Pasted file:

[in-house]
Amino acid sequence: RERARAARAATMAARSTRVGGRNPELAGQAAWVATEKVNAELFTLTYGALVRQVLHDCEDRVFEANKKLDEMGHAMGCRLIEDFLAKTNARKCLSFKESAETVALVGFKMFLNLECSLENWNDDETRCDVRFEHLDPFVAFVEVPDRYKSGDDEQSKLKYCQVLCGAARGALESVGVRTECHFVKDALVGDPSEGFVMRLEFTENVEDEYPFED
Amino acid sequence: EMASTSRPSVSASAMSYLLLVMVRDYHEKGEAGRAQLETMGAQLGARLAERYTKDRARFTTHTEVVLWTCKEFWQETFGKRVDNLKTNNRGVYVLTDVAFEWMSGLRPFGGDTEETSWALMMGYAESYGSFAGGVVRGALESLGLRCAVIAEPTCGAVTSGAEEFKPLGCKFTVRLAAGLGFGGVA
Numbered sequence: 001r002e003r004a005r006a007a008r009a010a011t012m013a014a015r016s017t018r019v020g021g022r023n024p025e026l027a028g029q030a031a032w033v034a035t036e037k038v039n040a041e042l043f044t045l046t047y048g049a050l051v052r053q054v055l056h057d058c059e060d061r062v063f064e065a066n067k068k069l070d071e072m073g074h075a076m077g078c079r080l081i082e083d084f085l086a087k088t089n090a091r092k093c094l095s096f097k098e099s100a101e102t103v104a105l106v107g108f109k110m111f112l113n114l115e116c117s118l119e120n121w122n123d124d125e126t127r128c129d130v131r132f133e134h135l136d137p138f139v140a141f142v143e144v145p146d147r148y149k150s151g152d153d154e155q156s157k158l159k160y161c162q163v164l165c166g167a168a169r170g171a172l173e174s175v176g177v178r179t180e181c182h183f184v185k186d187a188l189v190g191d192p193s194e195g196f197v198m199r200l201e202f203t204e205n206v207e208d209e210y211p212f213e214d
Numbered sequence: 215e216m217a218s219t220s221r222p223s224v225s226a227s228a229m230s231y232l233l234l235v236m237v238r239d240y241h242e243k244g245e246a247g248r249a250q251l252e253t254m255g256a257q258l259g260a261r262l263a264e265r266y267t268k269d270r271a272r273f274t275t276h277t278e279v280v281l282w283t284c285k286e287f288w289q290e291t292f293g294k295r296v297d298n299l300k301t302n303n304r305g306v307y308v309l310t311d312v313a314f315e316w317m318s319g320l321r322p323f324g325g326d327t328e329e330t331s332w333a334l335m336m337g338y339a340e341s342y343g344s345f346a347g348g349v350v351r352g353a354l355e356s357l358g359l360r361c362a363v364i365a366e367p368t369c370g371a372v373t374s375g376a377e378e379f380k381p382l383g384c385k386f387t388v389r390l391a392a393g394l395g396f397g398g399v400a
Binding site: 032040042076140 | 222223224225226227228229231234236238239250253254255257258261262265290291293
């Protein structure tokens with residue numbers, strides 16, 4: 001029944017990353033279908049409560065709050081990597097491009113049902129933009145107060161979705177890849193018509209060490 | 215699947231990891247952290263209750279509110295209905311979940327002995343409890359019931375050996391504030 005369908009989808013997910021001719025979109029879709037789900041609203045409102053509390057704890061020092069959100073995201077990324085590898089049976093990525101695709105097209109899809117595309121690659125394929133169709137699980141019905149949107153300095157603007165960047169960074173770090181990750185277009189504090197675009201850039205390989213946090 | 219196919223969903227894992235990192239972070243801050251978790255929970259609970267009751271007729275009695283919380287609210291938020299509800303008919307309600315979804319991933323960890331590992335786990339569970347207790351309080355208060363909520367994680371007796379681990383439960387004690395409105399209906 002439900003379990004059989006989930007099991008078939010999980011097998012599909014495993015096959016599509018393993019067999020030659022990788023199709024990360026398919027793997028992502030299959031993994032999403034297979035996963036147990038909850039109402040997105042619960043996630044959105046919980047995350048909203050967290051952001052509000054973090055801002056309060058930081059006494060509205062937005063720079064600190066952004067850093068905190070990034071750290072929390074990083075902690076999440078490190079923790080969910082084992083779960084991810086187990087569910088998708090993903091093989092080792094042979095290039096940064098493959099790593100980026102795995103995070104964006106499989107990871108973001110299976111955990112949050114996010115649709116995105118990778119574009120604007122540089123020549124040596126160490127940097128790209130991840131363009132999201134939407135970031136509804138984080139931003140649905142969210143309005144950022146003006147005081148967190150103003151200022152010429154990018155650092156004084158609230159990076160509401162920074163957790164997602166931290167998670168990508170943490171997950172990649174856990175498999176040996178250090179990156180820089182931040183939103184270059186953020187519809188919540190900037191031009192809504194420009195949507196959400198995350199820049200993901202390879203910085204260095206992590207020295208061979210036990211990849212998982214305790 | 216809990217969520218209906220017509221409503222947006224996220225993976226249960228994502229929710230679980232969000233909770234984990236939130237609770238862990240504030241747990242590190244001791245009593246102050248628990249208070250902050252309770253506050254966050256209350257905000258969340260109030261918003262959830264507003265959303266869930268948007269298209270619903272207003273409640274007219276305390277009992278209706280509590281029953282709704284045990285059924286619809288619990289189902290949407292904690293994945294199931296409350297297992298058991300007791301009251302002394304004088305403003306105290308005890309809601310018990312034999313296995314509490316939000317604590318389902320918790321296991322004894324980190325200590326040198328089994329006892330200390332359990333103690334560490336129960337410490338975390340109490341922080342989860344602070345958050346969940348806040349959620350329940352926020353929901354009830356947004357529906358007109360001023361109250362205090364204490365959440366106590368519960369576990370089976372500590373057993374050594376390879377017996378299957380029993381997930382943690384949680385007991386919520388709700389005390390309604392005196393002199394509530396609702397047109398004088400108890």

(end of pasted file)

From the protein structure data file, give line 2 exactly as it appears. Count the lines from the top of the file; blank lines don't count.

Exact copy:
Amino acid sequence: RERARAARAATMAARSTRVGGRNPELAGQAAWVATEKVNAELFTLTYGALVRQVLHDCEDRVFEANKKLDEMGHAMGCRLIEDFLAKTNARKCLSFKESAETVALVGFKMFLNLECSLENWNDDETRCDVRFEHLDPFVAFVEVPDRYKSGDDEQSKLKYCQVLCGAARGALESVGVRTECHFVKDALVGDPSEGFVMRLEFTENVEDEYPFED